“This is a very en­thu­si­ast­ic con­greg­a­tion,” she said, but it wasn’t easy to get oth­er churches in­volved. The ques­tion was, she said, “You’re in the Far North­east. Why do you want to do that?”

Be­cause it works well, said Faith Luther­an’s pas­tor, the Rev. Owen Grif­fiths.

“In Au­gust of 2012, Faith Luther­an housed the first fam­ily in the North­east sys­tem in our church base­ment,” the pas­tor said in an email to the North­east Times. “It was a great ex­per­i­ence (the fam­ily is now in per­man­ent hous­ing). In March, three fam­il­ies will be stay­ing at All Saints Epis­copal Church on Frank­ford Av­en­ue.”

The idea is to help fam­il­ies who are strug­gling with their mort­gages or be­hind on rent and have no place to go, said Grif­fiths. “Rather than see the fam­il­ies split up in­to the shel­ter sys­tem, IHN houses them in neigh­bor­hood churches and syn­agogues. Con­greg­a­tion­al mem­bers and oth­er vo­lun­teers see that the guests are fed and cared for. Kids go to school dur­ing the day and mom and dad look for a place to stay, take classes in money man­age­ment, or look for work through the re­sources at IHN’s day cen­ter.”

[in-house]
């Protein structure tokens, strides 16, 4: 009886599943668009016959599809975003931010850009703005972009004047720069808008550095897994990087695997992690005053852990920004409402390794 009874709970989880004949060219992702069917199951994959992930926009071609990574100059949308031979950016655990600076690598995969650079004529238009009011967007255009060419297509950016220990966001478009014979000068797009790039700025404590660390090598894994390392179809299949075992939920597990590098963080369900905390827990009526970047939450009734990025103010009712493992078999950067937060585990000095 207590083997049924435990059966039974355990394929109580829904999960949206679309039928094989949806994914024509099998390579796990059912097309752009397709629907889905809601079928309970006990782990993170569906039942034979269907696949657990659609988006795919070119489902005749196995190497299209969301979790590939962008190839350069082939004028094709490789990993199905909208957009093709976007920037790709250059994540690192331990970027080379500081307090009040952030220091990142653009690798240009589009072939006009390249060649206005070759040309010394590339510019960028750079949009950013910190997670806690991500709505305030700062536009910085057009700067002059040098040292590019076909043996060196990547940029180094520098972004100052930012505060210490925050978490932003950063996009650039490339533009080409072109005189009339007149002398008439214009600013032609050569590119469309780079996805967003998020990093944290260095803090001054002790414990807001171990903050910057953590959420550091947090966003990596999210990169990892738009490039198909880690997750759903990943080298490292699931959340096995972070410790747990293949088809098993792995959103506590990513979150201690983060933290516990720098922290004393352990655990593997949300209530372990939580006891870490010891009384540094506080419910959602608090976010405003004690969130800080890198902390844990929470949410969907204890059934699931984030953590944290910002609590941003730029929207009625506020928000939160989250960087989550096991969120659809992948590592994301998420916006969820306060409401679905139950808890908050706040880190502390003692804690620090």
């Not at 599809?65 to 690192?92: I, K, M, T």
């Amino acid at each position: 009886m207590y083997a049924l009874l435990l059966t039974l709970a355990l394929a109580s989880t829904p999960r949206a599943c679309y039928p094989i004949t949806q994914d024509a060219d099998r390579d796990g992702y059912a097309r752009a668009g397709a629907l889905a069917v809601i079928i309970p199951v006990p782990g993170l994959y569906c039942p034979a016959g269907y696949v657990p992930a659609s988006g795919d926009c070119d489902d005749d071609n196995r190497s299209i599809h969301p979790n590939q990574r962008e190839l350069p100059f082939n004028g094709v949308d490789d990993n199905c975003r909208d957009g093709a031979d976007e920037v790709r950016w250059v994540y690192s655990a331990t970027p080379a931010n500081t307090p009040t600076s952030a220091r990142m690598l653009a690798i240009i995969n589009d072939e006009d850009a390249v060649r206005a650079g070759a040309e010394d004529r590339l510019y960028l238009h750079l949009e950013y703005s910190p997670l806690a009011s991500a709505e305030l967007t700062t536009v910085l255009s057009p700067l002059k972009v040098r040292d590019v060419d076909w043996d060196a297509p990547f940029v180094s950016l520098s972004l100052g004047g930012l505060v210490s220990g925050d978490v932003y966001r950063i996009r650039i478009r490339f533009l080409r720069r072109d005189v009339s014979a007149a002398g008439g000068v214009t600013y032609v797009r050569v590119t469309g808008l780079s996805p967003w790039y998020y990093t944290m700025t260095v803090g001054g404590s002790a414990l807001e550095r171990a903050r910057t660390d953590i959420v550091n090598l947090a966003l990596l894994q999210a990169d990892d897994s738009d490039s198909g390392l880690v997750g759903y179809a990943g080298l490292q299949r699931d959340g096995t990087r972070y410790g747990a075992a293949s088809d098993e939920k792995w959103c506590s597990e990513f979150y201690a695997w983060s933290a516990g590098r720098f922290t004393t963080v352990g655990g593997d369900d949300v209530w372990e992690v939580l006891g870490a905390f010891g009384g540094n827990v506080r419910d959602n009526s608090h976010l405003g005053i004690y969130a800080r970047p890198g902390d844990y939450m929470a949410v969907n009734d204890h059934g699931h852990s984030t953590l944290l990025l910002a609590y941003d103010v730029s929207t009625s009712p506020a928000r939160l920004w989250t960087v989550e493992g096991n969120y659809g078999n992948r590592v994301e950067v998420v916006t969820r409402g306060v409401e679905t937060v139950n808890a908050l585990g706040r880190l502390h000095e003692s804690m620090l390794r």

So far, the North­east net­work has helped 10 fam­il­ies, Byrne said.

There are ser­vices for Phil­adelphia’s home­less, Falkove said, and they in­clude help from the city, Cath­ol­ic So­cial Ser­vices and oth­er agen­cies. But, she ad­ded, there are no shel­ters in the North­east.

“I wish there were more re­sources avail­able to fam­il­ies,” she said.

“We typ­ic­ally have three fam­il­ies at a time be­ing hos­ted,” Byrne said. Those fam­il­ies are guided to oth­er re­sources. The wait for city hous­ing is about sev­en to eight months, he said.

“This gives us time to work with our fam­il­ies … provid­ing budget­ing help, restor­ing their cred­it, provid­ing fam­ily coun­sel­ing to keep fam­il­ies from go­ing through the same [prob­lems] in the fu­ture.”

Fam­il­ies are the fast­est-grow­ing seg­ment of the coun­try’s home­less pop­u­la­tion, mak­ing up 40 per­cent. Every year, Falkove said, one out of 50 Amer­ic­an chil­dren ex­per­i­ences home­less­ness.

HELP BE­GINS

When fam­il­ies first make con­tact with the net­work, Falkove said, they par­ti­cip­ate in a 10- to 20-minute phone in­ter­view. “We ask ques­tions to get at the roots of their prob­lems,” she said. “We want to know if they’re in danger. Do they need place­ment im­me­di­ately?”